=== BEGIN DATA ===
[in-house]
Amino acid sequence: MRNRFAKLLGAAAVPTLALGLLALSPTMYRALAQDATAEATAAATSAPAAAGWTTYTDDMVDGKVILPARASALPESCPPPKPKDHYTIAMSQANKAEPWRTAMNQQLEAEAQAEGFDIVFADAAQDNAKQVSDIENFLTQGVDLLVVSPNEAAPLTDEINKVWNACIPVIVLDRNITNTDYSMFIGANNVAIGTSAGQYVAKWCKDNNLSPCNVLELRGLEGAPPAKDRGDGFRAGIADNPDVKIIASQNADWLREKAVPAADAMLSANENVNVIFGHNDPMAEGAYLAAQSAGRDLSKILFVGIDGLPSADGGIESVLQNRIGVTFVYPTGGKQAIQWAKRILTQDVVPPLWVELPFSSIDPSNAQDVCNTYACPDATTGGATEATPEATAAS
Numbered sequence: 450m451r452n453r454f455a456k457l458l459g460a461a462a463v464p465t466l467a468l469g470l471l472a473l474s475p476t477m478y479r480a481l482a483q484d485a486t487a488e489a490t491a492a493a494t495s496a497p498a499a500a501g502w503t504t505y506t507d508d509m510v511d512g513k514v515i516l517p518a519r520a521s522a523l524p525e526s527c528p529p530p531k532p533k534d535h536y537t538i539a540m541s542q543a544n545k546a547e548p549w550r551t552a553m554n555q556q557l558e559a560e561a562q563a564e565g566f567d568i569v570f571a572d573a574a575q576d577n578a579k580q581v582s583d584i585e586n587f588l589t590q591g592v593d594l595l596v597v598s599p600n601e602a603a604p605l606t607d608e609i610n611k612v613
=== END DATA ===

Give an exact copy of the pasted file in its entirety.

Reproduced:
[in-house]
Amino acid sequence: MRNRFAKLLGAAAVPTLALGLLALSPTMYRALAQDATAEATAAATSAPAAAGWTTYTDDMVDGKVILPARASALPESCPPPKPKDHYTIAMSQANKAEPWRTAMNQQLEAEAQAEGFDIVFADAAQDNAKQVSDIENFLTQGVDLLVVSPNEAAPLTDEINKVWNACIPVIVLDRNITNTDYSMFIGANNVAIGTSAGQYVAKWCKDNNLSPCNVLELRGLEGAPPAKDRGDGFRAGIADNPDVKIIASQNADWLREKAVPAADAMLSANENVNVIFGHNDPMAEGAYLAAQSAGRDLSKILFVGIDGLPSADGGIESVLQNRIGVTFVYPTGGKQAIQWAKRILTQDVVPPLWVELPFSSIDPSNAQDVCNTYACPDATTGGATEATPEATAAS
Numbered sequence: 450m451r452n453r454f455a456k457l458l459g460a461a462a463v464p465t466l467a468l469g470l471l472a473l474s475p476t477m478y479r480a481l482a483q484d485a486t487a488e489a490t491a492a493a494t495s496a497p498a499a500a501g502w503t504t505y506t507d508d509m510v511d512g513k514v515i516l517p518a519r520a521s522a523l524p525e526s527c528p529p530p531k532p533k534d535h536y537t538i539a540m541s542q543a544n545k546a547e548p549w550r551t552a553m554n555q556q557l558e559a560e561a562q563a564e565g566f567d568i569v570f571a572d573a574a575q576d577n578a579k580q581v582s583d584i585e586n587f588l589t590q591g592v593d594l595l596v597v598s599p600n601e602a603a604p605l606t607d608e609i610n611k612v613